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From Mikhail Loenko <mloe...@gmail.com>
Subject Re: [testing] code for exotic configurations
Date Fri, 27 Jan 2006 14:33:40 GMT
OK, let's see your contribution.

Meanwhile I've gone through the security2 unit tests; there are some of them
that *can not* do verification in some 'exotic' configurations, I've made them
reporting failure in this case.

And there are a few tests that *can* verify in some 'exotic' configuration only.
But this configuration is possible in only case that is legacy
providers are installed
in the system. Normally these tests do not verify anything. I've made this tests
reporting pass if configuration is not 'exotic'

So I'm going to return to both these types of tests when we have framework
good enough to work with things like we discussed

Thanks,
Mikhail.

On 1/27/06, George Harley <george.c.harley@googlemail.com> wrote:
> Hi Mikhail,
>
> Comments inlined below ...
>
> Best regards,
> George
> IBM UK
>
>
> Mikhail Loenko wrote:
> > Hi George,
> >
> > On 1/27/06, George Harley <george.c.harley@googlemail.com> wrote:
> >
> >> Sure. And it should be the role of the test framework to inform users
> >> about which tests got run, passed, failed, got skipped etc.
> >>
> >
> > see below
> >
> >
> >>> It would not disturb most of the people because the test will pass in 'bad'
> >>> environment. But those, who know about these tests will sometimes grep
> >>> logs to validate configuration.
> >>>
> >>>
> >> Why use logs to tell us information that the unit test framework can already
> >> provide ? Who wants to have to grep through log files when the test runner
> >> can provide us with what we need ?
> >>
> >
> > Sorry but I did not quite understand. I do not see anything related to
> > the 'skipped' status in the junit.framework.TestResult
> >
> > If there is such a status then it would be excellent, it is the option #1 in the
> > first mail in the thread
> >
> > Thanks,
> > Mikhail
> >
>
> OK. What I am driving at is extending the basic JUnit test runner with a
> JUnit decorator that could be employed to decide - at runtime - on
> whether or not certain test cases in the test suite should be run. The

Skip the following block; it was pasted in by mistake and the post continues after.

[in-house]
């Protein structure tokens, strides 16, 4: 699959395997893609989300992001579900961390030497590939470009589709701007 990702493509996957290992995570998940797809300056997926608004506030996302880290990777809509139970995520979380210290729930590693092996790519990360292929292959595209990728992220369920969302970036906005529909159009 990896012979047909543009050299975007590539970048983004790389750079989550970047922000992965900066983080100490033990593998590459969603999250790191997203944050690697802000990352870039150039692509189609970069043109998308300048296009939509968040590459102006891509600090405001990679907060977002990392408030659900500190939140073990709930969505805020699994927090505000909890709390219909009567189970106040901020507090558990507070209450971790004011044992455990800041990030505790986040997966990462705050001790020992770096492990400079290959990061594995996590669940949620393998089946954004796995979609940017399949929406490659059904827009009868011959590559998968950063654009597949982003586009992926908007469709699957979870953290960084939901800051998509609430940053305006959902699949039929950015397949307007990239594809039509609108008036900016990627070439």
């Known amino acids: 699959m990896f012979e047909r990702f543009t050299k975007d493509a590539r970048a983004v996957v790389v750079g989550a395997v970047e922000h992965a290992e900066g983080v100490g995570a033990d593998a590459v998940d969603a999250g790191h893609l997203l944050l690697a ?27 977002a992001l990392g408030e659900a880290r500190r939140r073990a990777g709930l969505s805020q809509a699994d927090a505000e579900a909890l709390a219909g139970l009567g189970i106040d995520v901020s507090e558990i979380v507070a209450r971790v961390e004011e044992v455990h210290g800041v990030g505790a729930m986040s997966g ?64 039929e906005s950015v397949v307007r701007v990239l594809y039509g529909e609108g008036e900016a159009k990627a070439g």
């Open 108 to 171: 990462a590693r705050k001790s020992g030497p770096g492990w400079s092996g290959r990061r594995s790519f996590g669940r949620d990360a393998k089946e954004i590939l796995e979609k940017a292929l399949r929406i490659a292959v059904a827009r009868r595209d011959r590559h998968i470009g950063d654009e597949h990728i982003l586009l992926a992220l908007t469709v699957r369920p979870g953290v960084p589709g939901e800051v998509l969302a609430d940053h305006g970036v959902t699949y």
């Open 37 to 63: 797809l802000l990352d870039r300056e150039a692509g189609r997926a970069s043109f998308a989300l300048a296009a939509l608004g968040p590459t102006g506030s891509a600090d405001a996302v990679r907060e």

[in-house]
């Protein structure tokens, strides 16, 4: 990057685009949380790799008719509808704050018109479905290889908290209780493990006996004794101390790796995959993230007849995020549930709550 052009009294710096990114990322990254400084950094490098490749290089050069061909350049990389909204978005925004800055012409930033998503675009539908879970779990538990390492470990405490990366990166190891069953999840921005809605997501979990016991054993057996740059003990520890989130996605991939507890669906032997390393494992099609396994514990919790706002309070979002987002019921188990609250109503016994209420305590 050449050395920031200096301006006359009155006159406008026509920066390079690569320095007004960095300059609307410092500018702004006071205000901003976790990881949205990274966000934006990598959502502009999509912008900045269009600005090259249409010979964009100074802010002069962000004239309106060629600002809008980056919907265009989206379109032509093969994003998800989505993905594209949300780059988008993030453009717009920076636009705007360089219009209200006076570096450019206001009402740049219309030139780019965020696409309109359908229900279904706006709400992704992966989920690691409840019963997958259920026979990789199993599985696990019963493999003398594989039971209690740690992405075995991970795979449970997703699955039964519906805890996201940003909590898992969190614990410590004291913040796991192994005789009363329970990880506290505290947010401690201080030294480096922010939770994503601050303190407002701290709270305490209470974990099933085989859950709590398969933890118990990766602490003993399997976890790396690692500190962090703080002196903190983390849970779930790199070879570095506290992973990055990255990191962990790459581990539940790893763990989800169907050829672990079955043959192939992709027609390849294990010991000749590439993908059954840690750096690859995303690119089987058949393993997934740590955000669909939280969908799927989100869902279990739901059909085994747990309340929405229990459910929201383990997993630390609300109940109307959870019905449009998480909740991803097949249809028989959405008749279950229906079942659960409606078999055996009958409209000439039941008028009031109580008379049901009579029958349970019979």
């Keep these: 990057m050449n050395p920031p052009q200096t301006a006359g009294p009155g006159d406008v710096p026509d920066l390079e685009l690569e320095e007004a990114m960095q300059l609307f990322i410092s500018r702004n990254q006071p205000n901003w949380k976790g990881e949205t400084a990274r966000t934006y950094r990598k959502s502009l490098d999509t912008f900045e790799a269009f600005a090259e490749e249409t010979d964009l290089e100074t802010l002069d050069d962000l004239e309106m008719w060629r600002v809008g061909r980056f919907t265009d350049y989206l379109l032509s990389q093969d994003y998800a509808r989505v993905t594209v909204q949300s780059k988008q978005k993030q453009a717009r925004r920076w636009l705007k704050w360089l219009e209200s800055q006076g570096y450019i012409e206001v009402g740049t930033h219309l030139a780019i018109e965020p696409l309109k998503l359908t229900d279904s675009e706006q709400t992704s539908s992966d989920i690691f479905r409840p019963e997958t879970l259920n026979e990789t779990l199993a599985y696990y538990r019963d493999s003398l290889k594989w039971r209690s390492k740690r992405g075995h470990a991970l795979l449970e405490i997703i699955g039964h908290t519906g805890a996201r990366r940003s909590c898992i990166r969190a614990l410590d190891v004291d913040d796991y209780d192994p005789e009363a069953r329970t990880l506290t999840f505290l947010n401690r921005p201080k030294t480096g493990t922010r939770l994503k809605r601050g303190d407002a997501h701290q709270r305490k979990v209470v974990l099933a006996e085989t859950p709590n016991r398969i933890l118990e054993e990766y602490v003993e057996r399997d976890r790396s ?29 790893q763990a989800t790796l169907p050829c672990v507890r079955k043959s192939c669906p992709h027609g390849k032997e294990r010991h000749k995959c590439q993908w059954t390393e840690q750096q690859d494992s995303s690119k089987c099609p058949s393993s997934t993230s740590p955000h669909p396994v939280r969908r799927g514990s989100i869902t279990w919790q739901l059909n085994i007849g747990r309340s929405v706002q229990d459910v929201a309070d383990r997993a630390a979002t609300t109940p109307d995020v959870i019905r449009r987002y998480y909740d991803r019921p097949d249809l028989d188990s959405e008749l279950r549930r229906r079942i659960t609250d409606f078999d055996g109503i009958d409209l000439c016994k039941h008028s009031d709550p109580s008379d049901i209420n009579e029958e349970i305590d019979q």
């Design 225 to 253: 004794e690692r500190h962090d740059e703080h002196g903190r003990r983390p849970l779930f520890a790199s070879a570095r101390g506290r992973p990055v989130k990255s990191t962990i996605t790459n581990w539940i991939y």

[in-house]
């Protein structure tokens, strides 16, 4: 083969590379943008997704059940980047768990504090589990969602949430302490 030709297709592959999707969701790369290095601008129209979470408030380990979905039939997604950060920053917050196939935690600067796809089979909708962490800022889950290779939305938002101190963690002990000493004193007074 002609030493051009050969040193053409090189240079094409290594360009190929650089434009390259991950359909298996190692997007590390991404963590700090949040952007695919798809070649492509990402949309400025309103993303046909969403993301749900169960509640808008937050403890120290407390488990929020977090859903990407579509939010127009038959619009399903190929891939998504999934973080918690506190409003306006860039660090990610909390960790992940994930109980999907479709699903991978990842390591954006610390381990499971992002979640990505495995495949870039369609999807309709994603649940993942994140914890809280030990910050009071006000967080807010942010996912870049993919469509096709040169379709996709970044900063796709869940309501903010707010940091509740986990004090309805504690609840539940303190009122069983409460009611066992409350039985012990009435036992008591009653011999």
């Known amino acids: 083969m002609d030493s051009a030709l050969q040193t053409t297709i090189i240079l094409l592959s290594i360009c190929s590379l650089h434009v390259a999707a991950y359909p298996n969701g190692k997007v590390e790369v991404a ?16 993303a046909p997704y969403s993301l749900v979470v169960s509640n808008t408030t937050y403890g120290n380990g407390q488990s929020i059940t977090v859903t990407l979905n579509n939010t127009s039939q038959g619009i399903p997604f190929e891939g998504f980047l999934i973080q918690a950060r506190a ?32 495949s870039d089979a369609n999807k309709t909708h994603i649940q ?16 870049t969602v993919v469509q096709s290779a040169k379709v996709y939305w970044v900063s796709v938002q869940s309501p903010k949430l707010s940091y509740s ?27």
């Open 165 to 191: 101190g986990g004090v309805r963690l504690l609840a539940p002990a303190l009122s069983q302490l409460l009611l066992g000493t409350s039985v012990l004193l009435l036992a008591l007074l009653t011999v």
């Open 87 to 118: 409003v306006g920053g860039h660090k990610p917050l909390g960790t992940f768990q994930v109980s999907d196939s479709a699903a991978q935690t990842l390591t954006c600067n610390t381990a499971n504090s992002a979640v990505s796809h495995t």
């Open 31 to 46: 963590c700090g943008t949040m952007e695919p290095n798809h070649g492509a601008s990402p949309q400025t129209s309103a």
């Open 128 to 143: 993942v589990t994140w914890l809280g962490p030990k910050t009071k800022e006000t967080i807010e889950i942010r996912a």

> decorator could also write out what tests got skipped.
>
> How the "run this test/exclude this test" decision is reached could be
> done in a number of ways. One approach would be to capture the
> identities of all of the tests you want to skip inside an "exclusions
> list" text file. The file could also be used to hold information about
> why each test is being excluded and whatever else might be useful for
> reporting purposes or perhaps to help with the runtime decision making.
>
> As discussed a while ago, using the existing JUnit capabilities like
> the  junit.extensions.TestDecorator class means that we have the
> flexibility to run *the same* test suite with whatever exclusions we
> like according to whatever configuration we want to put in place. All
> that would change is the text file that we use as input to the decorator.
>
> I have some code that does just this. I hope to be able to contribute it
> very soon now.
>
>
> >
> >>> Thanks,
> >>> Mikhail
> >>>
> >>>
> >>>
> >>>
> >>>> Alternatively, they could be
> >>>> included as part of a general test suite but be purposely skipped over
at
> >>>> test execution time using a
> >>>> test exclusion list understood by the test runner.
> >>>>
> >>>>
> >>>> Best regards,
> >>>> George
> >>>> ________________________________________
> >>>> George C. Harley
> >>>>
> >>>>
> >>>>
> >>>>
> >>>>
> >>>> Tim Ellison <t.p.ellison@gmail.com>
> >>>> 27/01/2006 08:53
> >>>> Please respond to
> >>>> harmony-dev@incubator.apache.org
> >>>>
> >>>>
> >>>> To